Note: If we look to our “If yes” branch we will see that we only have the ability to “Add an action” with means that we cannot create, at least for now, nested conditions (you probably can if you call another Logic App)

Logic Apps Conditions add action if branch
  • If we go to our “If yes” branch and “Add an action”
    • From the search box select “Show Azure Functions in my subscription” and select the Azure Function: “CreateFileName” and set the “Input payload object” as an empty JSON message:
{ }
Logic Apps Conditions add action if First action

Based on your user experience in the Logic App designer, you may think that you cannot add more actions inside the “If yes” branch because you don’t have the plus sign underneath the Call Azure Function action. Well, you are wrong!

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You actually can add several actions (conditions are not allowed) inside the same branch, by clicking once again the “Add an action” on the top right corner.

Logic Apps Conditions add action if second action
  • From the search box, type “Dropbox” and select the “Dropbox – Create file” action
    • Set the Folder path, let’s say the root by typing: /
    • Click on the Filename and set the parameter “Body” from the output of “CreateFileName” function as input
    • Switch to code view to edit Create file inputs to have the expected values
  • And then click on “File content” text box, and set the parameter “Text” from the output of “When an HTTP request is received” as input
Logic Apps Conditions add action if no email action

At the end your Logic App will have a condition with:

  • Two actions in the “If yes” branch
  • And one action in the “if no” branch
Logic Apps conditions

Save” your logic app and wait to a tweet to appear, we will see that a new file was added to your Dropbox or an email as sent to your manager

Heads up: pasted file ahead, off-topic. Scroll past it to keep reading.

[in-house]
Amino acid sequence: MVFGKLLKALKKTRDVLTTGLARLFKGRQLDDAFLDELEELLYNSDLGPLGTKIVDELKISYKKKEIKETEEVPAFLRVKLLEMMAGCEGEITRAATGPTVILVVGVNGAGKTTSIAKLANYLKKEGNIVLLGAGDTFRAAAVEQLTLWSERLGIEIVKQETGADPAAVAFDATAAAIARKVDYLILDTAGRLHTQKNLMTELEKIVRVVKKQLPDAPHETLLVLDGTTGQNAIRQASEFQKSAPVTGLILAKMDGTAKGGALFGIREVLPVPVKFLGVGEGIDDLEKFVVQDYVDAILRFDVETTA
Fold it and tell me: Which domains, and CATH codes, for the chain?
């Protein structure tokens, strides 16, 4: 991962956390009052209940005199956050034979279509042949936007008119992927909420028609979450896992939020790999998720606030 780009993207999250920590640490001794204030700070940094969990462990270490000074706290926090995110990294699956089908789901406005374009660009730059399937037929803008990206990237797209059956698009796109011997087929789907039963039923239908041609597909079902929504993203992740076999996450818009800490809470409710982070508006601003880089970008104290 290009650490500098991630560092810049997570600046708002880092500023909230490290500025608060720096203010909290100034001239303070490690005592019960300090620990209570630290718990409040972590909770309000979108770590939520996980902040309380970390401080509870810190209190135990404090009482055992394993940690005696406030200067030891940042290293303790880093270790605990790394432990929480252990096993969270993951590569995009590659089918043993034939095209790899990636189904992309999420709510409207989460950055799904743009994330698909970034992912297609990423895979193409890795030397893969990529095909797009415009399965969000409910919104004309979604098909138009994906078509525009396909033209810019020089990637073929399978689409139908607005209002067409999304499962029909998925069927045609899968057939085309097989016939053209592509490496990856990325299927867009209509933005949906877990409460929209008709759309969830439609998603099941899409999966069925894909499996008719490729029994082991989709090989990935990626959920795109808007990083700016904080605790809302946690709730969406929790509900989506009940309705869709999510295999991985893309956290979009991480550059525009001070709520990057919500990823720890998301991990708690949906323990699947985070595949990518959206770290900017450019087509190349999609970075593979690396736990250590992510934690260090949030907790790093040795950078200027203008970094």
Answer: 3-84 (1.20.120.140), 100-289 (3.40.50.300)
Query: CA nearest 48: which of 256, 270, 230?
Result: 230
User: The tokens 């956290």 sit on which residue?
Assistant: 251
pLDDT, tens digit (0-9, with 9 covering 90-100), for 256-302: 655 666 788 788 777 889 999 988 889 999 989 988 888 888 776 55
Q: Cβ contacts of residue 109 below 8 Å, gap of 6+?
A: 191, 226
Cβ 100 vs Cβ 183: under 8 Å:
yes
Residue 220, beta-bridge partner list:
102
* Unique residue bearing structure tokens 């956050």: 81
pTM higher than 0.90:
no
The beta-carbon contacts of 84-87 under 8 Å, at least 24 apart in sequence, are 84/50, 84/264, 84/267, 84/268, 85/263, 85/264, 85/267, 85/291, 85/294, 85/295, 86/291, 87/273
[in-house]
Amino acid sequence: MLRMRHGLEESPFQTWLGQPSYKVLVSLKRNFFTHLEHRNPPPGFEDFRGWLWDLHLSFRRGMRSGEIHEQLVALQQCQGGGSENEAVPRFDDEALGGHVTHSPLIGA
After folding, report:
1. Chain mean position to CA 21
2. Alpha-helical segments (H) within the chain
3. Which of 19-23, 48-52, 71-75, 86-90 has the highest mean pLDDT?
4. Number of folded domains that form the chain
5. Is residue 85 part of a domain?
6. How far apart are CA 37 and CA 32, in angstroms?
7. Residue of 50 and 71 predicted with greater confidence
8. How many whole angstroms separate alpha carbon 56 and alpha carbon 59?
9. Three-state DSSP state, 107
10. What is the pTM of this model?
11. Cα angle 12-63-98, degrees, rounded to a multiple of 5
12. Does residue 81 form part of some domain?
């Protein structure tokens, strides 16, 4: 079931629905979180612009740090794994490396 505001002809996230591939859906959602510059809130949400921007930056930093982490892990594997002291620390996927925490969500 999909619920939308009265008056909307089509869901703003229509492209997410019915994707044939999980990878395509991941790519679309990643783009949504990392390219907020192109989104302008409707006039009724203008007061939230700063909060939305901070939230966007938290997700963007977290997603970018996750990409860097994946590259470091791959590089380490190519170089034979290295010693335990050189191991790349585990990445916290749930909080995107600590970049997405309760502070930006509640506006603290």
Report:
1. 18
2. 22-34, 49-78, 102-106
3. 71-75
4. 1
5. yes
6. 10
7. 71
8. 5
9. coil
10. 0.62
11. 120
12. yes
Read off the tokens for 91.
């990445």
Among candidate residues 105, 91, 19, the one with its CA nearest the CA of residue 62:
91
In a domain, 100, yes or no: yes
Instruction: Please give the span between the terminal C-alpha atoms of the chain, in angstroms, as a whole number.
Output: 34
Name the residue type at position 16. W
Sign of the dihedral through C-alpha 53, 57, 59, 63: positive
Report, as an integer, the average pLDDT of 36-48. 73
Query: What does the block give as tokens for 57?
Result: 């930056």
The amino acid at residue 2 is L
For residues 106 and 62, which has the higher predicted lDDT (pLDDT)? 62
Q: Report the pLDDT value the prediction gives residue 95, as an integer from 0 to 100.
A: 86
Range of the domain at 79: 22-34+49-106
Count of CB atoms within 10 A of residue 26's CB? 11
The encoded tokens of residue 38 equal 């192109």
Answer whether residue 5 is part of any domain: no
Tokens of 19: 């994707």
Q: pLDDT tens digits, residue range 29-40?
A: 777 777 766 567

Second option

Because we already created a Logic App that makes the necessary steps for the condition “If yes“:

  • Generate a filename
  • And create a file in dropbox

We instead of having several actions, creating and repeating the same steps over and over again, we can call the “AddFileToDropbox” to do the same steps for us.

Logic Apps Conditions add action if call Logic App

Advantages of this approach:

  • We are reusing “code”
  • We can add “nested” conditions


  • We lose a little the run action history because we then have the action “AddFileToDropbox” but we cannot easily go to the child run and correlate the existing runs.
Logic Apps Conditions runs action history
Logic Apps Conditions runs action history

Explore more on: Tracking Message Properties

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Author: Sandro Pereira

Sandro Pereira lives in Portugal and works as a consultant at DevScope. In the past years, he has been working on implementing Integration scenarios both on-premises and cloud for various clients, each with different scenarios from a technical point of view, size, and criticality, using Microsoft Azure, Microsoft BizTalk Server and different technologies like AS2, EDI, RosettaNet, SAP, TIBCO etc. He is a regular blogger, international speaker, and technical reviewer of several BizTalk books all focused on Integration. He is also the author of the book “BizTalk Mapping Patterns & Best Practices”. He has been awarded MVP since 2011 for his contributions to the integration community.